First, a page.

by Rick Deppe
For the last 24 hours it feels as though Ericsson 3 has been stalking us! They are right there about three miles behind us and a mile to weather. Of course I say this in the full realisation that they aren't stalking us, but actually trying to overtake us, laughing as they sail away over the horizon before their ultimate arrival in Rio days before us. How do I know this? Because of course we're trying to do exactly the same to them! And their team mates on Ericsson 4, in fact every other boat out here.
In my opinion, Ericsson 3 seems to be the one boat that we have seen the most over the course of the race. They always seem to be lurking around somewhere and often show great bursts of speed which gives them the ability to stay in the fight and also get them out of trouble when they need to.
Yesterday was a great case in point, as they had somehow overnight managed to make up a 50 mile deficit to put themselves right alongside us as we approached the Equator after 3000 miles of sailing. Of course, they also seem to be having a ton of fun on their boat and I like that. The Ericsson 3 crew is quite a bit younger (except Magnus Olsson, who would fit right in over here) than all of us here on Il Mostro, therefore we don't know them individually so well. One exception would be Magnus Woxén ‘Baggy’", who joined Ericsson 3 for this leg. He's done a bunch of sailing with many of us on the PUMA team and is a well known face around the race...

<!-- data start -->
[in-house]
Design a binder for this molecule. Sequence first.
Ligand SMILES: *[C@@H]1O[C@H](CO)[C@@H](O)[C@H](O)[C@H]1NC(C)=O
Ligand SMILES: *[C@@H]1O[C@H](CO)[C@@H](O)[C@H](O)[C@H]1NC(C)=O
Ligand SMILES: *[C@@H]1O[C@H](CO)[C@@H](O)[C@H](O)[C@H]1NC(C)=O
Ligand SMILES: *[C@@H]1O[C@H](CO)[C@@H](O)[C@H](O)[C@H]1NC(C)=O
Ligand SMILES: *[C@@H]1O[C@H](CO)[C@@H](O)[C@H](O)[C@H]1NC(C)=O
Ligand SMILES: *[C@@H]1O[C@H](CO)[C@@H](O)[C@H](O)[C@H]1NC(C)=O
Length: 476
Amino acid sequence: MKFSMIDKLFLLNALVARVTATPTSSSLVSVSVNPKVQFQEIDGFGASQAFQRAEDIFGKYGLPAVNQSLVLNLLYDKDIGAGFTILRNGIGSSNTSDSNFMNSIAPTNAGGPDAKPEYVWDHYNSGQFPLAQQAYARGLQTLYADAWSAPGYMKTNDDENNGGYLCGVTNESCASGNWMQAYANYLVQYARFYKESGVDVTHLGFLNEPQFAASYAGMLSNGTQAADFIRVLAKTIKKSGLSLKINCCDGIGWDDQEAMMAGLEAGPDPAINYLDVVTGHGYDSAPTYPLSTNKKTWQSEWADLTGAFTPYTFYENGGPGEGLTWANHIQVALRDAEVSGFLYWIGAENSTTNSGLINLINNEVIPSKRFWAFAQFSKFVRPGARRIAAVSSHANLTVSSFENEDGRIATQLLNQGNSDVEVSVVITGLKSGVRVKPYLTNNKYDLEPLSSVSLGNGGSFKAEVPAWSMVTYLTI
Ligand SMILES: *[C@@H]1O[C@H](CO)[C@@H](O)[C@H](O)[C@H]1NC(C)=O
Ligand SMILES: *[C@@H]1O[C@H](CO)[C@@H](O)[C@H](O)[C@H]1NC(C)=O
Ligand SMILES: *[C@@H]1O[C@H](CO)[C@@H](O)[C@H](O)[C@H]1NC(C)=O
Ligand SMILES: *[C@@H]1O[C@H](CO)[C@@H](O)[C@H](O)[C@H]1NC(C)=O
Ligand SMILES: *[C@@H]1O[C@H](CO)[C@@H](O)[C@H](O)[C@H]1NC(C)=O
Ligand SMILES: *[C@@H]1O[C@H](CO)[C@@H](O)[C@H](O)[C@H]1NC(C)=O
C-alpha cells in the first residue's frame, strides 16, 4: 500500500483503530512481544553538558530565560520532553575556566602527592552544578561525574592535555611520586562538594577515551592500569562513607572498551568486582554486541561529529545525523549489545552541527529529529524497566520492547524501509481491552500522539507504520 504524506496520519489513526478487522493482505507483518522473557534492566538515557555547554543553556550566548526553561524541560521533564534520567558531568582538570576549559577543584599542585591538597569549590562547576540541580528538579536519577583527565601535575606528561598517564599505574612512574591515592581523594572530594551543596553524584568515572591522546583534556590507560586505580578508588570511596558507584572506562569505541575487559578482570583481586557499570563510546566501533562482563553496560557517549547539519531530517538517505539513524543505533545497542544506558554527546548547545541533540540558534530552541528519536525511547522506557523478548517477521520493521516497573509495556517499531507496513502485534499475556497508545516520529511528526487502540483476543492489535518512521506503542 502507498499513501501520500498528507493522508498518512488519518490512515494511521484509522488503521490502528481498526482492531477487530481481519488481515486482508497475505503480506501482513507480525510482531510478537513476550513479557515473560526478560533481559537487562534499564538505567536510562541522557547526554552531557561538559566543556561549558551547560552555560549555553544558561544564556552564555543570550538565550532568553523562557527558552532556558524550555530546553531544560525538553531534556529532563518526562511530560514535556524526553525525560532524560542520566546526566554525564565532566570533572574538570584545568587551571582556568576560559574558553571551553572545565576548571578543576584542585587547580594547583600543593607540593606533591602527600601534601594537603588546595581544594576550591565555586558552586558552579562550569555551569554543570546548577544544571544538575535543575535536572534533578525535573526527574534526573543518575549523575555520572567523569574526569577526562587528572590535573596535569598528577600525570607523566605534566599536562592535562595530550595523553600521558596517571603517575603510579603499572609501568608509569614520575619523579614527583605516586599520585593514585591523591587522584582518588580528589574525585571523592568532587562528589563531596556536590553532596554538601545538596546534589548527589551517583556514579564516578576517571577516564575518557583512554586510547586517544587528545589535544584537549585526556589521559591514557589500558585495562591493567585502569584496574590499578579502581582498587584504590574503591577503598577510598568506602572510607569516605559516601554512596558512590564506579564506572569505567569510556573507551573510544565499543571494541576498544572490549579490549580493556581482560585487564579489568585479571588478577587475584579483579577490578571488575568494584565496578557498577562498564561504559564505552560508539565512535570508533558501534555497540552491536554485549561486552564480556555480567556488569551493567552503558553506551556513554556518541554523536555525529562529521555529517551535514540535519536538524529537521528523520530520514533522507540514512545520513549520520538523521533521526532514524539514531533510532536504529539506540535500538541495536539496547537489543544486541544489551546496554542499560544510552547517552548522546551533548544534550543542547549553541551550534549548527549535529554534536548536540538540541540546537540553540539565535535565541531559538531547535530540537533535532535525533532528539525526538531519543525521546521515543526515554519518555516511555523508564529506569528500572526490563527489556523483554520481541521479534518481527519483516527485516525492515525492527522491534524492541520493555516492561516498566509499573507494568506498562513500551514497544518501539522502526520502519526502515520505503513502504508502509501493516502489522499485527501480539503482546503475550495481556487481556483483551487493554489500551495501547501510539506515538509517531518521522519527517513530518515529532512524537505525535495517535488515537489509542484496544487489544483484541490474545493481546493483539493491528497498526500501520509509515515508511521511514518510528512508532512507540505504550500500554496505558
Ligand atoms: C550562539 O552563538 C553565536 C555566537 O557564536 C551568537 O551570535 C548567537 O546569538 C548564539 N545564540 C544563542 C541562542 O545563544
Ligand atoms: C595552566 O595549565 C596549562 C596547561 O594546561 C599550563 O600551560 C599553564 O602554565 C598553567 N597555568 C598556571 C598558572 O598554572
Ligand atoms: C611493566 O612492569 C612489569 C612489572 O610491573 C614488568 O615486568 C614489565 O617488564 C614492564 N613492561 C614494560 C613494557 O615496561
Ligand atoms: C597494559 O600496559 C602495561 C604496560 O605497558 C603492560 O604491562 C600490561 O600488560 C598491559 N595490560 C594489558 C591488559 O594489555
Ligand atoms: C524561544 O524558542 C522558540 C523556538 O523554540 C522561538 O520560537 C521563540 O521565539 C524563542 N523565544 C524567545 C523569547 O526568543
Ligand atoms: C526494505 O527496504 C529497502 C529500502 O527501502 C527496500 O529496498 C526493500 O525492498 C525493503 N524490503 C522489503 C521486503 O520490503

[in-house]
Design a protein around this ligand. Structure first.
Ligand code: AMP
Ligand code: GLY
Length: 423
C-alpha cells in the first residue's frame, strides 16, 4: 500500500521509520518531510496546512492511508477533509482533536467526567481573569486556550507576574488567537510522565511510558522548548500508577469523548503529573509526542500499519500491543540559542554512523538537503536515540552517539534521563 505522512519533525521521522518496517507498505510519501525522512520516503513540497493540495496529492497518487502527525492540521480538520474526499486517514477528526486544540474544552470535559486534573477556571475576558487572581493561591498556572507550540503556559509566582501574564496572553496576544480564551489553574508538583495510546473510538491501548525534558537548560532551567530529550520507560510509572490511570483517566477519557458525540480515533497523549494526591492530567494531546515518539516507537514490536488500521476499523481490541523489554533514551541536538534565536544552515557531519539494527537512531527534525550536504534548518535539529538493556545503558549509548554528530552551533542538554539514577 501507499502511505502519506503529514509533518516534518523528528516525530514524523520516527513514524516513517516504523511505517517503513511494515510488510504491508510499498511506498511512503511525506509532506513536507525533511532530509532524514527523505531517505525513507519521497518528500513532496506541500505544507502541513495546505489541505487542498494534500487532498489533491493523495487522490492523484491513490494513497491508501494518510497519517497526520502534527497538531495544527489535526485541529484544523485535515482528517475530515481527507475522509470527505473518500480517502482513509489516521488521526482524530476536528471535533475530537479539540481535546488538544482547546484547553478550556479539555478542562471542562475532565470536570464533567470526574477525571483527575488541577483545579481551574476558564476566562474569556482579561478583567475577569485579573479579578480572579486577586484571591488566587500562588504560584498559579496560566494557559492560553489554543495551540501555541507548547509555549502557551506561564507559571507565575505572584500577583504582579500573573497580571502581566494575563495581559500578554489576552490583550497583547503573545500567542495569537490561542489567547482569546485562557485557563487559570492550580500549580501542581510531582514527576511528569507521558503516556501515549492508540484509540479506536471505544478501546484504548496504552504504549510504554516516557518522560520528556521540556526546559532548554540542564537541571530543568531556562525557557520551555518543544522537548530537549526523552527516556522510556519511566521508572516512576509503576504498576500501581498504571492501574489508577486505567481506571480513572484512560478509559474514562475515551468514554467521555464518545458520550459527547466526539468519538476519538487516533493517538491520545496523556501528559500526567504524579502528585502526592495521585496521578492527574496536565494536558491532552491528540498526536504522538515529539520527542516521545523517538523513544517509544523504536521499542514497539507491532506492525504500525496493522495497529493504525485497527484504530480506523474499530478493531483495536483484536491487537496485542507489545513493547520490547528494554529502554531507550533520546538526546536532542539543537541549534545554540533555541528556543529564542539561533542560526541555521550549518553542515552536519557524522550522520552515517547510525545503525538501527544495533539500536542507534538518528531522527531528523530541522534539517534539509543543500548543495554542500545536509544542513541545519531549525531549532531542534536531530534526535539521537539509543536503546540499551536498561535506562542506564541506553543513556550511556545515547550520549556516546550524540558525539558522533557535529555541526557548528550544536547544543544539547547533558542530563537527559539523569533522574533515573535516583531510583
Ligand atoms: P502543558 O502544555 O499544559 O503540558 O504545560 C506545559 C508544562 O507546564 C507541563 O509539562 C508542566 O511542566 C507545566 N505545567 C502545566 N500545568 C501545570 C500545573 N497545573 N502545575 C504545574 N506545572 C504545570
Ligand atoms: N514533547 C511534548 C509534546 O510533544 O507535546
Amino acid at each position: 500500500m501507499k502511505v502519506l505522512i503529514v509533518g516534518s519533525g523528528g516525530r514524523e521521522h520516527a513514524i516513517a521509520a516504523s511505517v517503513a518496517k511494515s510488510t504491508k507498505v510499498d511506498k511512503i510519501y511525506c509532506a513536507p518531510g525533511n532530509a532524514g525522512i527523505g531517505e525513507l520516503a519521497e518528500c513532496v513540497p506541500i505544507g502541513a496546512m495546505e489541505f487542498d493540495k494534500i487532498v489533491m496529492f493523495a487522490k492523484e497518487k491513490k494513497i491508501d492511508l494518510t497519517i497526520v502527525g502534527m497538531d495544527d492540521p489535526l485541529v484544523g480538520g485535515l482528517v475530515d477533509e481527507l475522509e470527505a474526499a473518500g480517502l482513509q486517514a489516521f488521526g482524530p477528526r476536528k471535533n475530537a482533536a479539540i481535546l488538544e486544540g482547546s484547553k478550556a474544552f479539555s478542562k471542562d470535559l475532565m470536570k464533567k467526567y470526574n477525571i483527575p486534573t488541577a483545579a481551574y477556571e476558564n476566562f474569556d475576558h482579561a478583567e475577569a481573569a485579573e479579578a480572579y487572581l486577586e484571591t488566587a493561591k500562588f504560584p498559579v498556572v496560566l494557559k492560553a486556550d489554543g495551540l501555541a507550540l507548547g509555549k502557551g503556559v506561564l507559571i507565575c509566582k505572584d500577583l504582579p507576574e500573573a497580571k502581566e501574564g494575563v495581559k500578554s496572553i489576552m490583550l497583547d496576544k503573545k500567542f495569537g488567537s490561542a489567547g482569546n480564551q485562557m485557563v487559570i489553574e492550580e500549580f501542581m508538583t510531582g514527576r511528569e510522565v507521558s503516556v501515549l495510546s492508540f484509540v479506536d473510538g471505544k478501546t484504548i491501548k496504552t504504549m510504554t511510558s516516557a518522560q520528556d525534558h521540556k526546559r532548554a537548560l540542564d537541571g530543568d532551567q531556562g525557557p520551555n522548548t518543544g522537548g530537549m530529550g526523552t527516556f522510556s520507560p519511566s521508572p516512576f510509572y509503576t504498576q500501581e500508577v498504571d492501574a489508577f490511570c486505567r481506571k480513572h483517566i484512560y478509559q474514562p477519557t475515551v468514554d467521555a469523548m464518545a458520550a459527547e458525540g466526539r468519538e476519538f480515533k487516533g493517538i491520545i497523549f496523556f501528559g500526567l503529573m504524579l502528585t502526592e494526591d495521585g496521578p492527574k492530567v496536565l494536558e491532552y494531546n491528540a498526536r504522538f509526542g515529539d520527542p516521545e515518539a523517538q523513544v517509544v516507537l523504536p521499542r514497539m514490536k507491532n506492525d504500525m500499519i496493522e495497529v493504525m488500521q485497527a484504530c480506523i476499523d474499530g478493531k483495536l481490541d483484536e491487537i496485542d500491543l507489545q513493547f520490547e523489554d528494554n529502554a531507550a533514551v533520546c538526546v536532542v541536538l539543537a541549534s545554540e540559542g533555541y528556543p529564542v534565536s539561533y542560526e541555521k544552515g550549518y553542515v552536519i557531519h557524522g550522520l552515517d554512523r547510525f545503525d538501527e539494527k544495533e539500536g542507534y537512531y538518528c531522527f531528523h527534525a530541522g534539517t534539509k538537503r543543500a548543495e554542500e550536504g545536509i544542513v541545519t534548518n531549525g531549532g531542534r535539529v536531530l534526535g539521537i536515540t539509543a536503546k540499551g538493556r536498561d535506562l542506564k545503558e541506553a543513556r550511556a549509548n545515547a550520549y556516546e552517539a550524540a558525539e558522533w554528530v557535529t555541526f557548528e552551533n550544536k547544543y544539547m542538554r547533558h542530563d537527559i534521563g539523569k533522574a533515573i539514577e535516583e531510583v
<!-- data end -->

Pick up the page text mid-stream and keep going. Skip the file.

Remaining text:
Talking of fun, yesterday we had a brilliant combined Equator crossing and cigar smoking party for Michi to celebrate the birth of his daughter -Mia Colata. We are all Shellbacks on the boat so there was need to worry about any initiation ceremonies; this gave us the chance to just enjoy the moment. Jerry (Jerry Kirby) brought along some Cuban cigars (the good ones) for Michi, but he wouldn't even touch them - the rest of us were happy to help out. Justin sneaked a small bottle of rum aboard disguised as sewing machine oil and we all managed a nip of that as well.
It was good to have everyone up on deck for 15 minutes. Fortunately, the ‘Scandihooligans’ on Ericsson 3 must have been having an even bigger time because while the party rocked, Il Mostro sailed right away and took about 1/2 mile out of them. Sidney Gavignet, representing the Northern Hemisphere, drove the boat to the Equator before handing over to Rob Salthouse, representing The Southern Hemisphere; a nice moment.
Volvo Ocean Race